Mon, Aug 06, 2012 - Page 8 News List

Time for Taiwan to take action

By Joseph Bosco

When Japan was struck by natural and nuclear disasters last year, Taiwan contributed more aid than any other country, significantly outstripping China’s paltry donation.

Now Taiwan can show Beijing the way of responsible international behavior in the South China Sea disputes — and Washington should encourage it to do so, even at the price of annoying China. Taipei can start by doing what China academics have long urged Beijing to do: Discard the amorphous and incoherent “historical” over-reach and state the precise scope of its claims and their basis under specific provisions of UNCLOS.

As China expert Ken Lieberthal recently told a Washington conference, if all regional claimants were to declare the actual land features that support their respective maritime claims, many of the apparent conflicts would probably disappear.

Such a move by Taiwan will surely antagonize China, which will accuse it of selling out historical Chinese interests, but Beijing will do nothing more than fume, as long as Washington makes clear its own support for Taiwan’s enlightened position.

Unlike questions such as membership in international organizations or participation in the Olympics, China has already conceded that Taipei has a separate and distinct basis for asserting its South China Sea claims in its own name. Beijing did that last month when it urged Taiwan to fall in line with its posture and present a united cross-strait front on the issue. President Ma Ying-jeou (馬英九), recently reelected but now with record low popularity, can respond that Taiwan has considered China’s argument, respectfully disagrees, and finds the views of the Southeast Asian nations more persuasive and more conducive to regional stability and Taiwan is indisputably located in the South China Sea, while continental China’s land mass is a lot farther away.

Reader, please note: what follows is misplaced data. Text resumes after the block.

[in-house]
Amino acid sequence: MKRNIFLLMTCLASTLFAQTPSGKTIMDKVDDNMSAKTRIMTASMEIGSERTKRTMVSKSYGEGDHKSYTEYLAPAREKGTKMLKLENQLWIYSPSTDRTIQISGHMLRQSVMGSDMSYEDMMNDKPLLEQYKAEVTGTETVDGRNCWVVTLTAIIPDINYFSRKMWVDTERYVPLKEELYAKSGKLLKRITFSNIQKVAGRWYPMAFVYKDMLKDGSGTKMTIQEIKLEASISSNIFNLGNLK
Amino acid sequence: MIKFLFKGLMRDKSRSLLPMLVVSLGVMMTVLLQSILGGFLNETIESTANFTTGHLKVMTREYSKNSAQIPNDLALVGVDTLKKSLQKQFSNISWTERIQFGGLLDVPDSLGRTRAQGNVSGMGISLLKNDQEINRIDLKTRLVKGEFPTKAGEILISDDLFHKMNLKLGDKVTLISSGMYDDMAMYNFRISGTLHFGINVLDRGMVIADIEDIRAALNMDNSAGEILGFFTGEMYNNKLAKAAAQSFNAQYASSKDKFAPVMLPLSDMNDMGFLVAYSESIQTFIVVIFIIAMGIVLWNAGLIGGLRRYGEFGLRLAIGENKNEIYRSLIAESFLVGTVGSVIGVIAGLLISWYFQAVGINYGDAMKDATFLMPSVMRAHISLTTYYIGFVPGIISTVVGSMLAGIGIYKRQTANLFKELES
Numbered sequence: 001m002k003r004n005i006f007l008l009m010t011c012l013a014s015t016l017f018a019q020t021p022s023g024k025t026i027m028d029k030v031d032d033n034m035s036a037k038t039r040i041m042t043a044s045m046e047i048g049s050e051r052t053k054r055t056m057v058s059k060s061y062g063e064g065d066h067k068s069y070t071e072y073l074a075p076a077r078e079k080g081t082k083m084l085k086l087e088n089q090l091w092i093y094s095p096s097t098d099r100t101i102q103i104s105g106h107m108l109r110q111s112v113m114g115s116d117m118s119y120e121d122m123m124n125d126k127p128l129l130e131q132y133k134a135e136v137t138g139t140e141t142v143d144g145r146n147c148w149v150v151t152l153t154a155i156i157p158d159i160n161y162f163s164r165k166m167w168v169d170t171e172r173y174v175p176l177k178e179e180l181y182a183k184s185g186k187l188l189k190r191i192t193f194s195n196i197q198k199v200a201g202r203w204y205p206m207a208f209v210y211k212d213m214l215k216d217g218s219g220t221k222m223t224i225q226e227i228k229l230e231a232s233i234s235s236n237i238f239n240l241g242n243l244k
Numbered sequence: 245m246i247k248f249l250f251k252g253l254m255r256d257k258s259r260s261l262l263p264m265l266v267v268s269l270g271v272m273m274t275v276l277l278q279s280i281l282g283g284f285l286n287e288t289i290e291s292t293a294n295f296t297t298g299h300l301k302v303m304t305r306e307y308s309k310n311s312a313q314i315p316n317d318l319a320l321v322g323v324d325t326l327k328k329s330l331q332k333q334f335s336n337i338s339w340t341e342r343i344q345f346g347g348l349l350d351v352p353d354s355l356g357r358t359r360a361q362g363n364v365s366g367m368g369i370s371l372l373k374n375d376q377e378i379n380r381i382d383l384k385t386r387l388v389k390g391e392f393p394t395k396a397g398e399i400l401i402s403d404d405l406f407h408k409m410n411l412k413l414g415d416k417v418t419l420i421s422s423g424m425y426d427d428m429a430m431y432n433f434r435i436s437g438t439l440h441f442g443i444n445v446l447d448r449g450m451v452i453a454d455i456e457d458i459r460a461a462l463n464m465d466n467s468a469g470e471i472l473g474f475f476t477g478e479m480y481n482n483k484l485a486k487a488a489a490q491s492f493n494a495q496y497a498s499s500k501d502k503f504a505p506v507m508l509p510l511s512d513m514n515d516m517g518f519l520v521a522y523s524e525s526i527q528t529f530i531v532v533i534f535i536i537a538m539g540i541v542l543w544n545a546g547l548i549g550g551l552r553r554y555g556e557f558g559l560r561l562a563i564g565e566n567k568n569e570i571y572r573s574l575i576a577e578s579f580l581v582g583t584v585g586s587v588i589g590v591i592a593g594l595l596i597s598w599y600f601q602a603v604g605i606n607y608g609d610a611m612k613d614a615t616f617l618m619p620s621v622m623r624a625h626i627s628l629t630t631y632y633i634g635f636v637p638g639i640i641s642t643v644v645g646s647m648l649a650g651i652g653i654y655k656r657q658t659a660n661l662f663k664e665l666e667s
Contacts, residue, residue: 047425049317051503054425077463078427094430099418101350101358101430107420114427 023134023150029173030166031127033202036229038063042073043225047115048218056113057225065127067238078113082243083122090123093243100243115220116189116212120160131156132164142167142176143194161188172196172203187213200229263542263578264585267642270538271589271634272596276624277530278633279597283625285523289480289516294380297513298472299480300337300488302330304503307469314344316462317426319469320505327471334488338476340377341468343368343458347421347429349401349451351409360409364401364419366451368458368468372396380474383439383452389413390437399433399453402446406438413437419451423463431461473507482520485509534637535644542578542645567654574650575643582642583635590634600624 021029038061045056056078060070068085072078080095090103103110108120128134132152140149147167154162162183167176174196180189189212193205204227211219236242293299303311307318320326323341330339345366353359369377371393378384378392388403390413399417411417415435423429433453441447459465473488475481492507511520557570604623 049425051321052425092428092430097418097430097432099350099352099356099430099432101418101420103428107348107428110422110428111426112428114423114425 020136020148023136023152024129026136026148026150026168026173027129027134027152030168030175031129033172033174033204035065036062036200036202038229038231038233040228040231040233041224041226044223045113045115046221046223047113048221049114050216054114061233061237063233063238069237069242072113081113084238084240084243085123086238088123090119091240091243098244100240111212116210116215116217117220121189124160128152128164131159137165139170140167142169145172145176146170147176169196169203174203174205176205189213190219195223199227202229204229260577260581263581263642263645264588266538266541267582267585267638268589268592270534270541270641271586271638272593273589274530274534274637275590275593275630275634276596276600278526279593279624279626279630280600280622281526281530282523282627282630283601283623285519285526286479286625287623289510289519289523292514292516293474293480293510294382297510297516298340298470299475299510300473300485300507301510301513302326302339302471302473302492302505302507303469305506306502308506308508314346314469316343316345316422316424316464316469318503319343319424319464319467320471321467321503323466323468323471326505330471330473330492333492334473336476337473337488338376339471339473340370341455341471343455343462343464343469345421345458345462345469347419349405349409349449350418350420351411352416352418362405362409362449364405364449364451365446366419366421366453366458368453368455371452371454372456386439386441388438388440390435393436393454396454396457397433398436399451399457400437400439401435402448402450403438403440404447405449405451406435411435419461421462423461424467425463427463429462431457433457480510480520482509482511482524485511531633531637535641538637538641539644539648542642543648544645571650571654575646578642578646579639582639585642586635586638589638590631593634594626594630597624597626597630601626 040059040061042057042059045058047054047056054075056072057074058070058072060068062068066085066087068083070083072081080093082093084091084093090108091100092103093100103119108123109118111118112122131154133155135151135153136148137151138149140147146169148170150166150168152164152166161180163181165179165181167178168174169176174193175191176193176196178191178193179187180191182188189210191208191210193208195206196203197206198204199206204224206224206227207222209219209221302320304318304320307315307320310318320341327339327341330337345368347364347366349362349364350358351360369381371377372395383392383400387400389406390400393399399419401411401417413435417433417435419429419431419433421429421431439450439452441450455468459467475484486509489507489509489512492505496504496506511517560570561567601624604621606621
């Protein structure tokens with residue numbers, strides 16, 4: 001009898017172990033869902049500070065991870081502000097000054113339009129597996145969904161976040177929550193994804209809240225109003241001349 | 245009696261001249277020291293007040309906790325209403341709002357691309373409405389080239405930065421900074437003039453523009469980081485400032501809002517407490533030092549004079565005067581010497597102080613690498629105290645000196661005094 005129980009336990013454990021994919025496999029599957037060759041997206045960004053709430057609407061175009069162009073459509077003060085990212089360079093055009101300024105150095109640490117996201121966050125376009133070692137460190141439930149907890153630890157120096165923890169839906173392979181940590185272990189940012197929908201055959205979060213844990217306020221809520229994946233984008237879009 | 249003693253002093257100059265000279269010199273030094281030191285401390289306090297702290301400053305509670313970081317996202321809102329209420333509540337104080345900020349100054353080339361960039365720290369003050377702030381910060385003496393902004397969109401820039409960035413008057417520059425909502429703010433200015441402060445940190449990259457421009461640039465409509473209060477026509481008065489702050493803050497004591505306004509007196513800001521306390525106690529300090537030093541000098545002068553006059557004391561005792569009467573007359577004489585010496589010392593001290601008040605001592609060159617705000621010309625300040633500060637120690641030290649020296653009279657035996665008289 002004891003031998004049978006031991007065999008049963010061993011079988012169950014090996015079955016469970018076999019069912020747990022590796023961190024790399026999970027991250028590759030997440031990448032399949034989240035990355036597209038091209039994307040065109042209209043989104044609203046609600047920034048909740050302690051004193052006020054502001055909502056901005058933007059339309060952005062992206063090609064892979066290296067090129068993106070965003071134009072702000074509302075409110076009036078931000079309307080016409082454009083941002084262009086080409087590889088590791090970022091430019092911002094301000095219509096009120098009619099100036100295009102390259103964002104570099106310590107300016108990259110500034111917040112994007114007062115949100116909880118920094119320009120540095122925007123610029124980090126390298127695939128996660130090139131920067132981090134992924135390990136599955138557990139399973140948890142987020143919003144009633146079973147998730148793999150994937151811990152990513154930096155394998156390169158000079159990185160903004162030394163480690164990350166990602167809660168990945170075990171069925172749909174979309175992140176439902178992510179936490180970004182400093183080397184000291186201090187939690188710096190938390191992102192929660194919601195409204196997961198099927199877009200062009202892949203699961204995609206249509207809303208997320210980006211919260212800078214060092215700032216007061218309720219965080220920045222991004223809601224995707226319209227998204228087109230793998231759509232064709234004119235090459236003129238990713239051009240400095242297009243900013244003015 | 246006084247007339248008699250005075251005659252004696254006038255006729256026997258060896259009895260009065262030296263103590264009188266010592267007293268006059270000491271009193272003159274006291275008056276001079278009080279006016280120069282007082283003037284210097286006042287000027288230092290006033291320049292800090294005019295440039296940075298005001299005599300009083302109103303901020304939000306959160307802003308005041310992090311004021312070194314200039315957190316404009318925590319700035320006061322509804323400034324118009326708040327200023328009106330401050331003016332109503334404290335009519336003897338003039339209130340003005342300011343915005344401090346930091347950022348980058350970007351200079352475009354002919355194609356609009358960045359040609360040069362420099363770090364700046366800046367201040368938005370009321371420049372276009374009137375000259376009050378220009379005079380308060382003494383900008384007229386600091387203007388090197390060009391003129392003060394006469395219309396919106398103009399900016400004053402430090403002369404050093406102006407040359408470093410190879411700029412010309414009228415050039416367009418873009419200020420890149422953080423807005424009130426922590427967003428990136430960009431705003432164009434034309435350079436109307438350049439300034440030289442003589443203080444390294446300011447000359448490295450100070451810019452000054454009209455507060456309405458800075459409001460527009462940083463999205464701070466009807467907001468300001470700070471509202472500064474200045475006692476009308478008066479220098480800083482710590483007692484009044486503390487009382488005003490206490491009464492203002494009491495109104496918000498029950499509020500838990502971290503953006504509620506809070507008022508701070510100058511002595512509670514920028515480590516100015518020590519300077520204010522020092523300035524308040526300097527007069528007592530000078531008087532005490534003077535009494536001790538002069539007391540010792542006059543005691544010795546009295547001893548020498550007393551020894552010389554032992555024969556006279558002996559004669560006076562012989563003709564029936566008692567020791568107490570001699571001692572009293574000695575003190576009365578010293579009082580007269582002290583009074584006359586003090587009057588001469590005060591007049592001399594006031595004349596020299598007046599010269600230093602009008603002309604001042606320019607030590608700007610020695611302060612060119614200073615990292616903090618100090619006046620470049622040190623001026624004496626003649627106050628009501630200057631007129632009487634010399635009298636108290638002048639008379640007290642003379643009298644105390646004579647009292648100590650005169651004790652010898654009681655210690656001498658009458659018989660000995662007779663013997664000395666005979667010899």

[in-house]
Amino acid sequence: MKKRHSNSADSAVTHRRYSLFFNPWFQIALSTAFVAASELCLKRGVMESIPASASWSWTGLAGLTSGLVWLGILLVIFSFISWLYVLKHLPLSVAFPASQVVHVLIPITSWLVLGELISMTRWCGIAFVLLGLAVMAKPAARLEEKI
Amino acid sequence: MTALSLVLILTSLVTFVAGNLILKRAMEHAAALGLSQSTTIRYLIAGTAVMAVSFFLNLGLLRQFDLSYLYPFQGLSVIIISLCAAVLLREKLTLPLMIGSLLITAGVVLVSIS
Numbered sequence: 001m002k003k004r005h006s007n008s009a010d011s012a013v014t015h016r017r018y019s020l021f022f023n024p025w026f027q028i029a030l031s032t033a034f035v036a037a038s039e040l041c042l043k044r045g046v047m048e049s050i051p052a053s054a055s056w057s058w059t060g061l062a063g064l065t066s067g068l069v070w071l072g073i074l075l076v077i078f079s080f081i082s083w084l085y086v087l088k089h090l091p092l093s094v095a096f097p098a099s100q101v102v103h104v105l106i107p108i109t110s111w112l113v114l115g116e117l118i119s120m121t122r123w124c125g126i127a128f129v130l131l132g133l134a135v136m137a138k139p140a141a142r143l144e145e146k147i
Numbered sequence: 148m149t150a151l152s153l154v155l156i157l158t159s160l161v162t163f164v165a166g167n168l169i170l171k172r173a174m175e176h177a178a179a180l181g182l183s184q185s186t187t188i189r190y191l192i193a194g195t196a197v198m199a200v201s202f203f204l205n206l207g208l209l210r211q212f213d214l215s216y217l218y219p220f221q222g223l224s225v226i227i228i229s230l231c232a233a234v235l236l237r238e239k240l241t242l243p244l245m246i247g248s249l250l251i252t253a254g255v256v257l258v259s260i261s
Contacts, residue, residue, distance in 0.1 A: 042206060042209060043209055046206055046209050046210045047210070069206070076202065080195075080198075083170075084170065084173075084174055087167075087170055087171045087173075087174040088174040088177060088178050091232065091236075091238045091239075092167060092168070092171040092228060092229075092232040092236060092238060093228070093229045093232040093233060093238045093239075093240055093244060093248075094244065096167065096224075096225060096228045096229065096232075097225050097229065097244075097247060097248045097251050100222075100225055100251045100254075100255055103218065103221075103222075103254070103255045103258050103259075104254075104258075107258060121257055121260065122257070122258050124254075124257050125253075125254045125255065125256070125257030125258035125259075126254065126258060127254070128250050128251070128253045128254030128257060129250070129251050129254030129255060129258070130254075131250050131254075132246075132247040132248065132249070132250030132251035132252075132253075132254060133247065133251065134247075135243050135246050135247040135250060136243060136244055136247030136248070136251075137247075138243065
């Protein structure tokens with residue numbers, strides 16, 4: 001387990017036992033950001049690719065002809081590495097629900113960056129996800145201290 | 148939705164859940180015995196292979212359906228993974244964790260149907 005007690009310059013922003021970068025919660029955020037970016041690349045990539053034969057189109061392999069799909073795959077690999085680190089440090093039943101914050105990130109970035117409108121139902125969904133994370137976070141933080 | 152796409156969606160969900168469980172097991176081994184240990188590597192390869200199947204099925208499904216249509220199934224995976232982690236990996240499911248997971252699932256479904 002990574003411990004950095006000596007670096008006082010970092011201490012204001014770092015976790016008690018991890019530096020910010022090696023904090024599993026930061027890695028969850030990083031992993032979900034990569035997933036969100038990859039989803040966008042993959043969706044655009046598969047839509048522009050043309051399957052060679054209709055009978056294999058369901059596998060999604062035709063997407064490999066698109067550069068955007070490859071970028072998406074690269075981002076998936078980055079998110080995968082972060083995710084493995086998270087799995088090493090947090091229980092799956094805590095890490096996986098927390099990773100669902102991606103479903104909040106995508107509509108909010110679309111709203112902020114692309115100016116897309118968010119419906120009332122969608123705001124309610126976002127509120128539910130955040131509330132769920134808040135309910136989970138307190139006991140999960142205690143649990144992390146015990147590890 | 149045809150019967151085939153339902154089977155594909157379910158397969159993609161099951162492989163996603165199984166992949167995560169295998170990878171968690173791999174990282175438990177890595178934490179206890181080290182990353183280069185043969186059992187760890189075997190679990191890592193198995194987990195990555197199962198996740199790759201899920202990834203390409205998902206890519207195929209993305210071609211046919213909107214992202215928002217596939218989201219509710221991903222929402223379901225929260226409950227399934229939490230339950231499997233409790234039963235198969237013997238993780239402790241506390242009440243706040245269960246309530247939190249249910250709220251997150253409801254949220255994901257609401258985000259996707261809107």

If China threatens to react with more than words, such as by trying to seize Taiping Island (太平島)which Taiwan presently occupies, the US can take the opportunity, once and for all, to discard its risk-inviting policy of strategic ambiguity and declare its unequivocal commitment to Taiwan’s defense. That will also reassure countries in the region which, while wary of getting involved in a China-US conflict, also fear US abandonment of its commitment to Asian security.

Both Vietnam, a former US enemy and the Philippines, a longstanding ally, are edging toward inviting the US back to Cold War-era military facilities from which they were ejected in past decades. Today, they see Taiwan, given its long relationship with the US, as a test case for US resolve and credibility.

It is quite possible that Beijing, after some ritualistic protest, will decide that Taiwan — and the countries of the region — have it right and that China has more to gain by cooperating and avoiding unnecessary confrontation with the international community. Many on both sides of the Pacific would breathe a sigh of relief.

Joseph Bosco served as China country desk officer in the office of the secretary of defense from 2005-2006 and is now a non-resident senior associate at the Center for Strategic and International Studies.

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